Country artist Hu Jinzhen uses simple techniques to portray her pastoral life.
Rural artist Hu Jinzhen uses brush and paint, paper cuts and block printing to create idyllic pastoral images that portray her own "Garden of Eden."
The 45-year-old farmer from Chedun Town, Songjiang District, was happily surprised to have had her her silkscreen block print painting "Happy Family" chosen for display in the National Farmers' Painting Exhibition.
The artwork features clean greens and blues against a black background, with its straight lines showing a strong folk vitality with a rustic, primitive ambience. Hu has not portrayed her characters' facial expressions in detail, but viewers can feel the happiness inherent in their faces from her simple, forceful strokes.
"I like to paint families and my fellow countryfolk," Hu said. "They are where I gain my strength and support."
Family is a constant theme for village dweller Hu. Her brother and sister-in-law are disabled and her niece is on the autism spectrum. Hu works from 9am to 5pm as a volunteer in Chedun's Home for the Handicapped, and returns home after work to care for her family.
"I'm lucky that my husband supports me greatly," she said.
Painting is a respite for Hu from her challenging daily routine and offers her peaceful moments that belong solely to her.
Her art is carefree and portrays her simple life in the village. She depicts peaceful-flowing rivers with their waters swept by gentle breezes, small village lanes flanked by old brick houses, and merry groups of countryfolk sitting together, mingling and chatting.
A local farmer, Hu had never picked up a paint brush until 10 years ago, when a free five-day course was offered by the town's Silkscreen Block Print Painting Society at the Home for the Handicapped. The art form intrigued Hu, and she felt her creativity growing.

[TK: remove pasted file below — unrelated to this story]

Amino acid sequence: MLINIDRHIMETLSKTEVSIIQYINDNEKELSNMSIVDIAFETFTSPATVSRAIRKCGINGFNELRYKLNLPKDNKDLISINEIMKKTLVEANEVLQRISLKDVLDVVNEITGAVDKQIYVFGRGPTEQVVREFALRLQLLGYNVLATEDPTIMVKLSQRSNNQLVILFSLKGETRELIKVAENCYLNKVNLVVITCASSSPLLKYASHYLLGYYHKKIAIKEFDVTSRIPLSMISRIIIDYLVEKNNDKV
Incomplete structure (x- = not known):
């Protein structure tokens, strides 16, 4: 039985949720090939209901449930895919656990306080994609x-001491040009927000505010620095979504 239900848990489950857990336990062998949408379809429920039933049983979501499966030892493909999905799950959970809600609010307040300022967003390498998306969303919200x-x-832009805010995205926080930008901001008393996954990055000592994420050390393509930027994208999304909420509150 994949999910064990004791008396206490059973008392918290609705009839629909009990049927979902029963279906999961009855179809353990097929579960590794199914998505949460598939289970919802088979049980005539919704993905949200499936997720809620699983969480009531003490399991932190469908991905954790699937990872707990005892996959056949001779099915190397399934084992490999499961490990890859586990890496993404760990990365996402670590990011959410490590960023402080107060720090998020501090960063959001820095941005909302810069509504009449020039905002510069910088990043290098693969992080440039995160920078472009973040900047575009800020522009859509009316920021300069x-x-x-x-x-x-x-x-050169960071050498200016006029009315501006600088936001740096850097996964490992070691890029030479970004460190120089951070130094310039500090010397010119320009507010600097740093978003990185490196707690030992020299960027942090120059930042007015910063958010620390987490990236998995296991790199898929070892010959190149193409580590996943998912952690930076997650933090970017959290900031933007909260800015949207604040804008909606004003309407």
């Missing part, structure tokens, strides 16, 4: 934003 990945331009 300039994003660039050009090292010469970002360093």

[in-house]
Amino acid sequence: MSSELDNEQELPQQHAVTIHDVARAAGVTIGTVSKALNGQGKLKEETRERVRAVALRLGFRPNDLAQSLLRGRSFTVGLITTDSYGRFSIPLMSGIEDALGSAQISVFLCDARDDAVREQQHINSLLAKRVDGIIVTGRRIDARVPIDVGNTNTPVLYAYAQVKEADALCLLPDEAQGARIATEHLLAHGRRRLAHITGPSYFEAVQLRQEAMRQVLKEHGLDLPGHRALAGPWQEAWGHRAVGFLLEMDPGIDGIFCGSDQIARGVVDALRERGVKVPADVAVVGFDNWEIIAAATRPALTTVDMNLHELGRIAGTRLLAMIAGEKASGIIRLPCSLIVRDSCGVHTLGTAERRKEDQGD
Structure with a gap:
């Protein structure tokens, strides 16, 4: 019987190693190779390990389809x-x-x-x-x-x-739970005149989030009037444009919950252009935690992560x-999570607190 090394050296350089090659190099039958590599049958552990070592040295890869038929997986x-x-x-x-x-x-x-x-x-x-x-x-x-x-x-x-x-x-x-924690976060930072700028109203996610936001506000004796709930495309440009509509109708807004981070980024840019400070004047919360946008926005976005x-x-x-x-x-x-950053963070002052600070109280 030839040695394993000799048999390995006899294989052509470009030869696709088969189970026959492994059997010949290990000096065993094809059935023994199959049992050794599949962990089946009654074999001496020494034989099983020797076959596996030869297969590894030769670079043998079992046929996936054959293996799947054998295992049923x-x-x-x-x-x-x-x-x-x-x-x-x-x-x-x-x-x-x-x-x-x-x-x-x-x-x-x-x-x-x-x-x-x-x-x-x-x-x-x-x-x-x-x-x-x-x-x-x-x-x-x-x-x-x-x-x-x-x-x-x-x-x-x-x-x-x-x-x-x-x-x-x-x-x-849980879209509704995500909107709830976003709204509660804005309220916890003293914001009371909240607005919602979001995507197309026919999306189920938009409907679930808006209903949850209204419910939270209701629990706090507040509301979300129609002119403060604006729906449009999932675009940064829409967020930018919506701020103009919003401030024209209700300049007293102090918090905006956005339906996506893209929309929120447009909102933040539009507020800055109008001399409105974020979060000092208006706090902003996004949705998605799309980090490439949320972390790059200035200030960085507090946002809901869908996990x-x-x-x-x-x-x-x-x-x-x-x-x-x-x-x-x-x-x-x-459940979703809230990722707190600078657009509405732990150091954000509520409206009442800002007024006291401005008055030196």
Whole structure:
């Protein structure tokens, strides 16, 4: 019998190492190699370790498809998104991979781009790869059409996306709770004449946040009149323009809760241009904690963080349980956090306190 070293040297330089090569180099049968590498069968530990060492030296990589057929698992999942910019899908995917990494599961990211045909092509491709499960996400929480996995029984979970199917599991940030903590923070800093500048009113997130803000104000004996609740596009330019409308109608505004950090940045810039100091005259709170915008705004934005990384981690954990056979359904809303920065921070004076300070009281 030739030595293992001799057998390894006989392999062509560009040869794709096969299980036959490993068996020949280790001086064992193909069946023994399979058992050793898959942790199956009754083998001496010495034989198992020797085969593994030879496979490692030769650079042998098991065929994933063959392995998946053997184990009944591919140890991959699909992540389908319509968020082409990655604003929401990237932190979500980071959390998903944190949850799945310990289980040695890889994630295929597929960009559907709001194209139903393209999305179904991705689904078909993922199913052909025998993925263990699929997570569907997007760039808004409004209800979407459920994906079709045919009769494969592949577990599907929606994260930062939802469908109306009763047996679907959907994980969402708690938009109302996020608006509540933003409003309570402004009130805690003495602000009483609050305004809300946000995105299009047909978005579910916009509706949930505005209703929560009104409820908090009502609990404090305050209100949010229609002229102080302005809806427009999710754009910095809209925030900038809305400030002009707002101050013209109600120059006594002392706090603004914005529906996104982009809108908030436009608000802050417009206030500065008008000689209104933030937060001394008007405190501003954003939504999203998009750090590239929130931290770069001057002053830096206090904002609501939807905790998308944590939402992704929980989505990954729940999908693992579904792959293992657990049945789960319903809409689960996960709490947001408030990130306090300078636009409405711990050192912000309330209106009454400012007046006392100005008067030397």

After the short course ended, Hu continued studying at the society every weekend.
"It requires time and relentless practice. I take art very seriously," she said.
Silkscreen block printing is a folk art that has long been popular in Chedun. In the 1980s, the local government launched a program to teach the techniques to farmers to carry on the tradition and to provide a stimulating hobby for farmers during their slack seasons.
The art form requires an ability to paint as well as the skill to master printing techniques to work with the necessary machines and tools.
One of the more common methods of creating a silk-screen stencil is through making a negative image. The image is printed on a transparent sheet and placed on wet emulsion so only the uncovered emulsion dries, creating the stencil. Each color requires an individual silkscreen block, so if a painting contains five colors, it needs five printing blocks.
Farmer painters are considered to be in the "primitive camp" of artists, and mainly use striking colors and simple themes. Rather than exploring modern urban reality, traditional rural themes such as fishing, cloth dyeing, spinning and market scenes are common. Figures and objects are drawn in a way that some viewers may consider childish, with thick straight lines, yet producing a strong visual effect.
Hu recalls her first work, which took her two months to finish. "I drew a lotus pond and small bridges, based on a family trip with my children," she said.
Progressing from a novice to become a member of the Shanghai Artists Association, Hu has put great effort into her art, but also achieved much from it. She said painting is her time out, a haven and a warm harbor in which to anchor.
Silkscreen block printing particularly charms her because of its infinite possibilities using finite colors. For example, her artwork "Countryside Scenery in Huayang" depict gently-propelled wooden boats, villagers strolling in along riverside alleyways and children leaning over the sides of a bridge.
At first glance it appears multi-hued, but a closer look shows it only contains four separate colors.
Because each color requires one silkscreen block, the painting required four blocks and four printings to achieve the final artwork.
"You never know what the final result will be until the last moment," Hu said. "It gives me a great sense of success to see that each of my intentions is fulfilled in each step."